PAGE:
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Heathrow traffic won’t fully recover until 2026

Heathrow airport has reported its first full quarter of passenger growth since 2019 but says traffic is not expected to fully recover until at least 2026.

It said it has seen “strong pent-up demand as travel restrictions ease”, with passenger numbers in Q3 recovering to 28% of pre-pandemic levels.

Since the start of the pandemic early in 2020, it has made a cumulative loss of £3.4 billion but said it has £4.1 billion of cash “to be able to come through until the market recovers”.

For the nine months to September 30, revenues were £695 million, down 27% year-on-year, and the airport’s loss before tax was £1.4 billion, compared to a pre-tax loss of £1.5 billion in the same period last year.

Passenger numbers were 10.2 million – down by 46% on the 19 million seen in the same period of 2020.


MoreHeathrow ‘on track for recovery’ despite row over charges


John Holland-Kaye, Heathrow chief executive, said: “We are on the cusp of a recovery which will unleash pent-up demand, create new quality jobs and see Britain’s trade roar back to life – but it risks a hard landing unless secured for the long-haul.

“To do that, we need continued focus on the global vaccination programme so that borders can reopen without testing; we need a fair financial settlement from the CAA to sustain service and resilience after 15 years of negative real returns for investors; and we need a progressively increasing global mandate for Sustainable Aviation Fuels so that we can protect the benefits of aviation in a world without carbon.”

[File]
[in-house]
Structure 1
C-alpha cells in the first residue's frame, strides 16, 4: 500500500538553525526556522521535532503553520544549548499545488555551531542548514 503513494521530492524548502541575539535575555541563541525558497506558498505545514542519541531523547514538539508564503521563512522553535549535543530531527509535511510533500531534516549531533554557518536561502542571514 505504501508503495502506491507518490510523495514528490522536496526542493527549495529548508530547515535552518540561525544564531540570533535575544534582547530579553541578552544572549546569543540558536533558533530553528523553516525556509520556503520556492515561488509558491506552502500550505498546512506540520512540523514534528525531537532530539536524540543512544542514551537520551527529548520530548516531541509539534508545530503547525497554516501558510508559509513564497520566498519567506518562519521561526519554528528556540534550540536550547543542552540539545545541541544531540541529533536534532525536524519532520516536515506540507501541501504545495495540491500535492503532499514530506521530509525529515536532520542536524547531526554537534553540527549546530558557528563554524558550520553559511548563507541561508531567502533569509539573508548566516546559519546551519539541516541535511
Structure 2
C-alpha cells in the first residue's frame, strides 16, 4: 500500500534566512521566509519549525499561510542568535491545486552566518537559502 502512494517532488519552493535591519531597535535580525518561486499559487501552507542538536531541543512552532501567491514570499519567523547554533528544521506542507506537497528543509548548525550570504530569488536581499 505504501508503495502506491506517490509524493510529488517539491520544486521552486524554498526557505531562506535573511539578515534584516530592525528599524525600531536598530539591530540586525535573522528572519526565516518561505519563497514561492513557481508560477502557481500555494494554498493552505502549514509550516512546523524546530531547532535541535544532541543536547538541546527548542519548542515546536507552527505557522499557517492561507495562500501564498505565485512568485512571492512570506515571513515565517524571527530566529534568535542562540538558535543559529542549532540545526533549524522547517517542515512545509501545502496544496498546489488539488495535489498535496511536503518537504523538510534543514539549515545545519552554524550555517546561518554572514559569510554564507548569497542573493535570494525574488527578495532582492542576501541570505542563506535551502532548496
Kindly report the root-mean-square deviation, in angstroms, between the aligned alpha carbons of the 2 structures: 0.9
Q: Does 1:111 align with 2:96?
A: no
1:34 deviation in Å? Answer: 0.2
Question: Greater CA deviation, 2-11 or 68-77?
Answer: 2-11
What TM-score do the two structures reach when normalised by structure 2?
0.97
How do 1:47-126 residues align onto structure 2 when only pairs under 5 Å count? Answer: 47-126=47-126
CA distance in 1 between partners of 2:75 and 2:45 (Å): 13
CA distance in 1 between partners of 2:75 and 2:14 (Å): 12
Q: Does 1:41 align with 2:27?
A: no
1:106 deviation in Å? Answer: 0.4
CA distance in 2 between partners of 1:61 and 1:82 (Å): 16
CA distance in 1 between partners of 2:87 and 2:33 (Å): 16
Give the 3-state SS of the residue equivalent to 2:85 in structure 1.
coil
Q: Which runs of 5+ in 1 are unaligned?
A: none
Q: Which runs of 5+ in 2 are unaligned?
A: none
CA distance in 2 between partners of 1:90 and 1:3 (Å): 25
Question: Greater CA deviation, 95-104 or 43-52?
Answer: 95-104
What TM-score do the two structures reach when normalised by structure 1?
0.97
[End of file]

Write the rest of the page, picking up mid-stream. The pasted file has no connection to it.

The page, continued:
However, airlines and aviation bodies have criticised Heathrow over its plans to raise charges next year.

On Monday (October 25), the bosses of three corporate travel associations added their criticism to the row about fees, which could rise rise by 50%.

Clive Wratten, chief of the Business Travel Association (BTA), said: “This is an unprecedented, disproportionate and unjustified increase that risks seriously dampening demand for travel at a time when British business will be seeking to re-build and grow links across the globe.”

Scott Davies, chief executive of the Institute of Travel Management (ITM), added: “This rise will challenge the competitiveness of the UK as a travelling and trading nation, and hamper the ability of the UK travel industry and its workforce to recover.”

And Suzanne Neufang, Global Business Travel Association (GBTA) chief executive, commented: “Corporate buyers and even business travellers themselves are facing pressure to minimise travel costs. A significant cost increase will likely impact the number of trips approved and the volume of trips taken which has the potential to depress travel further.”

The BTA, ITM and GBTA “strongly urge” the CAA to limit the rise to the level of RPI inflation.

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